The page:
Author(s): Modo M, Stroemer RP, Tang E, Patel S, Hodges H
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Abstract BACKGROUND AND PURPOSE: Findings that MHP36 stem cells grafted into intact parenchyma contralateral to the lesion induced by middle cerebral artery occlusion promoted recovery from stroke deficits led us to investigate whether implantation site of stem cells affects the functional efficacy of MHP36 grafts. METHODS: MHP36 cells (200 000/8 microL) were implanted in the left (n=8) or right (n=9) parenchyma or infused into the right ventricle (intraventricular; n=7) 2 to 3 weeks after stroke induced by 60 minutes of intraluminal right middle cerebral artery occlusion. Additionally, intact (n=11) and stroke (n=7) control groups were tested for 14 weeks in bilateral asymmetry, rotation bias, and spatial learning tasks before histological investigation of cell distribution and differentiation. RESULTS: Rats with left and right parenchymal grafts showed reduced bilateral asymmetry but no improvement in spatial learning. Conversely, spatial learning improved in rats with intraventricular grafts, but marked asymmetry persisted. No grafted group showed reduced amphetamine-induced rotation bias or reduced lesion volume relative to stroke controls. In all grafted groups, cells occupied both sides of the brain. A third of cells grafted in the striatum crossed the midline to occupy homologous regions in intact and lesioned hemispheres and differentiated into site-appropriate phenotypes. CONCLUSIONS: After stroke, both the intact and lesioned hemispheres attract grafted stem cells, suggesting repair processes that utilize cells both for local repair and to augment plastic changes in contralateral motor pathways. However, differential effects of parenchymal and intraventricular grafts suggest that different mechanisms are implicated in recovery from cognitive and sensorimotor deficits induced by stroke.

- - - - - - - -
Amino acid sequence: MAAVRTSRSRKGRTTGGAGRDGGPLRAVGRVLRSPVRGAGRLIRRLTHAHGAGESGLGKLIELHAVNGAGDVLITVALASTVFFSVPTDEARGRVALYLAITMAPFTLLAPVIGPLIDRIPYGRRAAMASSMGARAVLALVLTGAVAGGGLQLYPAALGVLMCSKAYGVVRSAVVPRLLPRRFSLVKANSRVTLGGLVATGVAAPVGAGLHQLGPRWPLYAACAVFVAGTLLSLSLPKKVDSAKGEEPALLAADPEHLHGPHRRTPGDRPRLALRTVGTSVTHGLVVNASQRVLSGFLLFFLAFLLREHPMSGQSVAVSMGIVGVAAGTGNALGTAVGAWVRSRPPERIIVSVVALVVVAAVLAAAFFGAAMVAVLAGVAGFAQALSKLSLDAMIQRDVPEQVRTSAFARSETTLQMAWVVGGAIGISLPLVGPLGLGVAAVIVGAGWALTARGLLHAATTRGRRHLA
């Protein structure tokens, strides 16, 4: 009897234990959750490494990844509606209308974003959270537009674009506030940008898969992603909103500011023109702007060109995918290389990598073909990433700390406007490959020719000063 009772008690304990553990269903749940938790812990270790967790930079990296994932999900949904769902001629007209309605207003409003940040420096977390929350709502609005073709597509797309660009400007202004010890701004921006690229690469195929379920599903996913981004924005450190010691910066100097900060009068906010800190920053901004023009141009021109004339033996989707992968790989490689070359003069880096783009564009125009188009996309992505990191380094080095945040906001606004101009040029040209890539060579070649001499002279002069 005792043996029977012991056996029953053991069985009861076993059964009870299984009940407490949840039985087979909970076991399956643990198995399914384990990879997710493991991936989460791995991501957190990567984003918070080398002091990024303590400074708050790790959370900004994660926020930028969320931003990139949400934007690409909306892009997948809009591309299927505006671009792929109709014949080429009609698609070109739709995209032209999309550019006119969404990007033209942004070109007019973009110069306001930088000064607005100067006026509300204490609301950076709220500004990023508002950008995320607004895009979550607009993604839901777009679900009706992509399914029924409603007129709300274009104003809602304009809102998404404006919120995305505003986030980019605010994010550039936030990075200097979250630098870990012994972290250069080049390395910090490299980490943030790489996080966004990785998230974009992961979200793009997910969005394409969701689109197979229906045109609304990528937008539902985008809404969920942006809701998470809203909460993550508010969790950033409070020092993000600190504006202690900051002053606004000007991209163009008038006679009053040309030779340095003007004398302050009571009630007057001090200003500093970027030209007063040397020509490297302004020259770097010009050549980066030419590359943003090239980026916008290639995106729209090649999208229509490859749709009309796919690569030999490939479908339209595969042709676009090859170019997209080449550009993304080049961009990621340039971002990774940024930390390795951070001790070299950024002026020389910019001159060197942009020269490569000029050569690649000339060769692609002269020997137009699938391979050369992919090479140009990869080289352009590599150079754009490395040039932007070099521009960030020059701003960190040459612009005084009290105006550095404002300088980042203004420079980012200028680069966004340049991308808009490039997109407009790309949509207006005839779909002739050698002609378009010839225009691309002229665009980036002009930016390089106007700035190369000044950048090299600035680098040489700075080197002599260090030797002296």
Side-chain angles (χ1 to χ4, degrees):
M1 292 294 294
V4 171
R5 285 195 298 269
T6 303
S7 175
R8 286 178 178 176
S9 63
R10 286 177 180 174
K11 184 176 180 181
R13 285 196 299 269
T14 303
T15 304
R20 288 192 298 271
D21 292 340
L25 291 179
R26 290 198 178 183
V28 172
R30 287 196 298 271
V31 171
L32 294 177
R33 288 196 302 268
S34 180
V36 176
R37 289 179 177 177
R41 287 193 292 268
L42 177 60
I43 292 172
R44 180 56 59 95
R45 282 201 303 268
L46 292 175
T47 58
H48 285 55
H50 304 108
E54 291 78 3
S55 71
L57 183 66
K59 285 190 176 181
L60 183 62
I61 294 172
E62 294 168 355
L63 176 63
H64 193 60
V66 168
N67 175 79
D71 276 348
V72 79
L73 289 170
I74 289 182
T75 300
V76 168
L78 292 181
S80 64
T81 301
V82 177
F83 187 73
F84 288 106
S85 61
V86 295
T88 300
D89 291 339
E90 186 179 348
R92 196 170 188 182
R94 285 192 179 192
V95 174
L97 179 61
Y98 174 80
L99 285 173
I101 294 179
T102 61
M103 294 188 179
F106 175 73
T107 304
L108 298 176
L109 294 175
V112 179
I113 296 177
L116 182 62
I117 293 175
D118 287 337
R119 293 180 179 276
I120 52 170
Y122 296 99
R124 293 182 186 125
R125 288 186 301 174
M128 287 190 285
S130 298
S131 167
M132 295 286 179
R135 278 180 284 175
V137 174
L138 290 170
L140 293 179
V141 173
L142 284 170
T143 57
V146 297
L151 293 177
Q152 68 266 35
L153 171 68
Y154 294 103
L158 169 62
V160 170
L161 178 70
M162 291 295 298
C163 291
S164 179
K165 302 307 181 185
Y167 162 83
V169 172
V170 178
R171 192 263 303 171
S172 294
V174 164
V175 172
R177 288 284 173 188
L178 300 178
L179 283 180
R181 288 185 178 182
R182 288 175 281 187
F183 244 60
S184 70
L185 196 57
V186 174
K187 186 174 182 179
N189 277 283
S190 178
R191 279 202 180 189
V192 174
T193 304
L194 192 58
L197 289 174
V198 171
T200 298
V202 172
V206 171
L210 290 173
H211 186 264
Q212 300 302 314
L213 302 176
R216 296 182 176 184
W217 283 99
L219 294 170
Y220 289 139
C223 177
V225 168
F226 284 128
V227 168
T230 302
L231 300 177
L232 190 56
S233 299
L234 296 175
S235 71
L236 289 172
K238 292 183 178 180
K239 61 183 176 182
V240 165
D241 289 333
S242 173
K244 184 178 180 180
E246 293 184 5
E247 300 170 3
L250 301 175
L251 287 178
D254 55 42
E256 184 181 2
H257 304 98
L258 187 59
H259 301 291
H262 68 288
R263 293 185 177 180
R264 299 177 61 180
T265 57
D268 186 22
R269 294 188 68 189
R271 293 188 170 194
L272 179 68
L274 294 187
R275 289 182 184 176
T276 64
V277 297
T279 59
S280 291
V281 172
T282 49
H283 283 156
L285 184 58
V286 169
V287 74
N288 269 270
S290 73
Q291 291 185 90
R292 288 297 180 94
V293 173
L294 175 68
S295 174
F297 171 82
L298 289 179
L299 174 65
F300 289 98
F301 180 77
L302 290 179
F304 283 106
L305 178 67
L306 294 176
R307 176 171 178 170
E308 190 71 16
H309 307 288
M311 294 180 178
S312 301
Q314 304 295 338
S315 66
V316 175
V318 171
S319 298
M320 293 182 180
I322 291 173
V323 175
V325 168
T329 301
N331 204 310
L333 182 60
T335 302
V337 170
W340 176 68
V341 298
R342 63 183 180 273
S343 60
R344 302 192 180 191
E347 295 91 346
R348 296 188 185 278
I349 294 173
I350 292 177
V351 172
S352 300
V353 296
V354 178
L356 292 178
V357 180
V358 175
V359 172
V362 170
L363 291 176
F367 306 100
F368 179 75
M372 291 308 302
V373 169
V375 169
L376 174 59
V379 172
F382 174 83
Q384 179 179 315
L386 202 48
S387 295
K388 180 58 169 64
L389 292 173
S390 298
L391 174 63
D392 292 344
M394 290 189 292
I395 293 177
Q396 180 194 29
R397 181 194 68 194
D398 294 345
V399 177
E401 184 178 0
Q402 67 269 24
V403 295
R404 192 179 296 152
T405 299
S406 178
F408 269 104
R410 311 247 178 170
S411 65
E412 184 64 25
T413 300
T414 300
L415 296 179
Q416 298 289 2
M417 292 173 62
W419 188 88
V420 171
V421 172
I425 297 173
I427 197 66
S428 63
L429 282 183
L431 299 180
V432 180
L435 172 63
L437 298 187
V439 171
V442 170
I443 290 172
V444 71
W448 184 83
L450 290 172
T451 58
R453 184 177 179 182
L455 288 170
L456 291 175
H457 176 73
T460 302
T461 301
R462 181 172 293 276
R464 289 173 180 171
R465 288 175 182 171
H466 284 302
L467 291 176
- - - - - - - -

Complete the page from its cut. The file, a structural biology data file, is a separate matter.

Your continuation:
This article was published in Stroke
and referenced in Journal of Stem Cell Research & Therapy